Saturday, August 19, 2006

Movies opening this week

Accepted (Justin Long, Jonah Hill, Lewis Black, dir. Steve Pink)
My review in Las Vegas Weekly
My colleague Carol Cling makes an amusing typo/Freudian slip in her review, referring to the title at one point as Acceptable. And that's a positive review. This is exactly the kind of late-summer comedy you expect - not horrible, but without many redeeming qualities, either. Wide release

Little Miss Sunshine (Greg Kinnear, Toni Collette, Steve Carell, Abigail Breslin, dir. Jonathan Dayton & Valerie Faris)
For me, this was the most anticipated movie opening this week, a Sundance favorite that's been getting glowing reviews and seems like the kind of thing I would really enjoy. And I did enjoy it, but I don't think I'd put it down as one of the best movies of the year. As some have said, it's basically an indie version of National Lampoon's Vacation, and the script is rather predictable and full of fairly stereotypical characters. Still, the excellent actors give life to the cliches, and Dayton and Faris have a nice, casual directorial style that soft-pedals some of the story's excessive quirkiness. The ending is still a little too much, and overall the film has an air of trying too hard to be offbeat and loveable, but it more often than not succeeds in that effort almost despite itself. Opened limited July 26; wide release this week

Once in a Lifetime (documentary, dir. John Dower & Paul Crowder)
I saw this movie at CineVegas back in June, and even though I have no interest in soccer I still found it engaging and entertaining. It's got great production values for a documentary, and the 1970s-style graphics to fit the time period put me in mind of another slick documentary, Inside Deep Throat. Like that movie, this is occasionally a little too slick and glib for its own good, and doesn't delve deeply enough below the surface. But it's still informative and fun to watch, and you don't have to be a soccer fan (or even a sports fan) to get something out of it. Opened limited July 7; in Las Vegas this week

Snakes on a Plane (Samuel L. Jackson, Julianna Margulies, Nathan Phillips, snakes, dir. David R. Ellis)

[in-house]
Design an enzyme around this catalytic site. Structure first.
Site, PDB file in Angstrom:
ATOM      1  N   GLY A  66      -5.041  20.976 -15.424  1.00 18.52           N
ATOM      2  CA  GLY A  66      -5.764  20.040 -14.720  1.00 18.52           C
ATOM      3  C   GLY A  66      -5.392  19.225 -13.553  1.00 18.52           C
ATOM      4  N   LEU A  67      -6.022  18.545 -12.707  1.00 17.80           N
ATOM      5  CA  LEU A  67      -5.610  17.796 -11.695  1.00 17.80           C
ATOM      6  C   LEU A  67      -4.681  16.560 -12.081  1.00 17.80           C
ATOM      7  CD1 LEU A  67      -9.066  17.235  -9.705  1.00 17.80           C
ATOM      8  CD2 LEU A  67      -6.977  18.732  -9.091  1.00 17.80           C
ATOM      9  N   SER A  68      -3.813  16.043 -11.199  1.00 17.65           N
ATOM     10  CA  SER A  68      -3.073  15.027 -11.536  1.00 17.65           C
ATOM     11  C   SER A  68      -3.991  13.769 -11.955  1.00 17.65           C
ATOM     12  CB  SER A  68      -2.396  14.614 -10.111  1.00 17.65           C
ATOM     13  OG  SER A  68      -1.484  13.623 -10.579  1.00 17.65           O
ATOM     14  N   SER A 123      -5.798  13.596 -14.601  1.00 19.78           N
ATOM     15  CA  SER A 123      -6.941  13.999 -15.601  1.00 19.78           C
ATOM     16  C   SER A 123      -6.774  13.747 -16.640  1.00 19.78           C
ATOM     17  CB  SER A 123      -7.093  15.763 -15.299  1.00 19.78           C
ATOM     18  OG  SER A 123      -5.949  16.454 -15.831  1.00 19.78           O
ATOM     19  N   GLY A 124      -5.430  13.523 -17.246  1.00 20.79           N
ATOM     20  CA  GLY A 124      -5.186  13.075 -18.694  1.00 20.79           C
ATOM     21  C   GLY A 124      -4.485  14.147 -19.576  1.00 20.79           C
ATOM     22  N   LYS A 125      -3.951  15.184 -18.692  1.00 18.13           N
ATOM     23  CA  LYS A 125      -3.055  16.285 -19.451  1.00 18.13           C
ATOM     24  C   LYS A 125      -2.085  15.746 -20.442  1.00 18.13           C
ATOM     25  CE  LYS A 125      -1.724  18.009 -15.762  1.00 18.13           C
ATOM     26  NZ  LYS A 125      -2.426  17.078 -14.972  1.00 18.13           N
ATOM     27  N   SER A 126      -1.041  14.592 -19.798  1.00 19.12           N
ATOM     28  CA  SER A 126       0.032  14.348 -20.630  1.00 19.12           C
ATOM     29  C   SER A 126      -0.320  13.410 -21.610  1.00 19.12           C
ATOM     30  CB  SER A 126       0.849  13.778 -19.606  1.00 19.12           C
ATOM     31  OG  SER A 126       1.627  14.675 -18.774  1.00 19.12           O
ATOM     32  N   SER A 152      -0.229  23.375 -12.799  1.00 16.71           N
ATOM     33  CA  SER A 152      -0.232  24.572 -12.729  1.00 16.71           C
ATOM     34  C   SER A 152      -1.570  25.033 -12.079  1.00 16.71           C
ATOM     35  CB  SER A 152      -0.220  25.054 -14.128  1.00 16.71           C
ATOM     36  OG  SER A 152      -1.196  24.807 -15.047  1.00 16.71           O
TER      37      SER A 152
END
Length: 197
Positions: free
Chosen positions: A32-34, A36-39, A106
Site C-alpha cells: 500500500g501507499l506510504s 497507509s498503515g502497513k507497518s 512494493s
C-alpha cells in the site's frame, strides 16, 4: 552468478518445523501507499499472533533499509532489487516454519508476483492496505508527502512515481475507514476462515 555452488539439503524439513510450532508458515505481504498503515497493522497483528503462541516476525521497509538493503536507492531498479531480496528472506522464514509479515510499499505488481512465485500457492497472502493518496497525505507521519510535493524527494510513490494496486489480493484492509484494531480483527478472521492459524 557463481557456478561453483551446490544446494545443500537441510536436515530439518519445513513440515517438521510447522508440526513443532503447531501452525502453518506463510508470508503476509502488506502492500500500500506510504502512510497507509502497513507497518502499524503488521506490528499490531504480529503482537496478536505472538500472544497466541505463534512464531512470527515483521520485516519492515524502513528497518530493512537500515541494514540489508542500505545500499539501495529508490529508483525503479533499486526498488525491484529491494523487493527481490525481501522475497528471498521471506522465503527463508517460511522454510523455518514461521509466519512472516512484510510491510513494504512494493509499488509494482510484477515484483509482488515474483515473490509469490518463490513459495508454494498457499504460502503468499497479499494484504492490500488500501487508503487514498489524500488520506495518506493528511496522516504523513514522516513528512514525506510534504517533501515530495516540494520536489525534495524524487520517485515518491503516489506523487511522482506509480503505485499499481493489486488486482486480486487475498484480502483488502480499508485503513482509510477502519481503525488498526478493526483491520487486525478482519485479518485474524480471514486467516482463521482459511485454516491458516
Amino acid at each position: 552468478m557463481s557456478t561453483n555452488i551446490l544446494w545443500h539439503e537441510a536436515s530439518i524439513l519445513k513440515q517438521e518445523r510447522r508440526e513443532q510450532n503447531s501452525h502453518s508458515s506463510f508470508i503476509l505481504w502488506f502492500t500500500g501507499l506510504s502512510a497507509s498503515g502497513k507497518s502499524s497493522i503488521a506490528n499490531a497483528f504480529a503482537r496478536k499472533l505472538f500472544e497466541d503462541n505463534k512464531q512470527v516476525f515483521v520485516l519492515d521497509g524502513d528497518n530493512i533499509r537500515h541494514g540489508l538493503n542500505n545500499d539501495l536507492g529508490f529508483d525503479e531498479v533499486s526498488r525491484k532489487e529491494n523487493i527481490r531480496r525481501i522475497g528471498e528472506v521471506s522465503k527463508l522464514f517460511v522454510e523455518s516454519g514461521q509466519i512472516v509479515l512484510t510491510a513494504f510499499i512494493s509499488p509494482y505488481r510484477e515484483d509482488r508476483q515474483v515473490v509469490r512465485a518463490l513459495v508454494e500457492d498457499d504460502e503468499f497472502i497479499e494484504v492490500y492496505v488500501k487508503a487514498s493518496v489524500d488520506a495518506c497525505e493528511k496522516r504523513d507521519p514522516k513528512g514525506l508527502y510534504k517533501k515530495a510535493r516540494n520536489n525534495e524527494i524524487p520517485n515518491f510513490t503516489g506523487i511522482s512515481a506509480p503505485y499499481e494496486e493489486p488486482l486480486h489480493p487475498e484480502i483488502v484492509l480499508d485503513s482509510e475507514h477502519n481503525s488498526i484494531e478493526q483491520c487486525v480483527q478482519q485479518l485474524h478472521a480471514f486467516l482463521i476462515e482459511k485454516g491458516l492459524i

What else is left to say about this movie? There's "OMG! Snakes on a Plane! Greatest movie of all time!" There's "Don't give in to the hype, it's just a crappy B-movie." There's "Don't give in to the backlash to the hype, it's actually pretty fun." There's "What's this movie about the snakes on a plane or something?" Whatever I say is going to be a repeat of something someone else said, or subject to accusations of either being swept up in the hype or being unfair to the movie because of the hype. So I will just say this: I had fun. I laughed multiple times. I even found occasional parts sort of suspenseful. I doubt I will watch the movie again, or think about it much after the coverage has waned, but it was more enjoyable than the average cheap summer thriller. It's not a "so bad it's good" movie, because it's clearly trying to be bad, with plenty of intentional camp, and when it's actually bad it's really just boring. It should have been 15 minutes shorter, because there actually is a limit to the entertainment value of snakes on a plane. The plot, already paper-thin, just sort of peters out. But Jackson is Jackson, and David Koechner and Kenan Thompson actually offer some pretty amusing supporting performances. When Jackson delivers the famous "I've had it with these motherfucking snakes on this motherfucking plane" line, it's the most obvious awkward insert you can imagine, and that sort of defines the film: awkward, pandering, ill-constructed, but still pretty damn entertaining. Wide release

1 comment:

Reel Fanatic said...

I've been on the lookout for Little Miss Sunshine all summer .. word is now that it might spread wide to hit my little corner of the world Aug. 25 .. I'm not sure what else it has to do to earn truly wide distribution!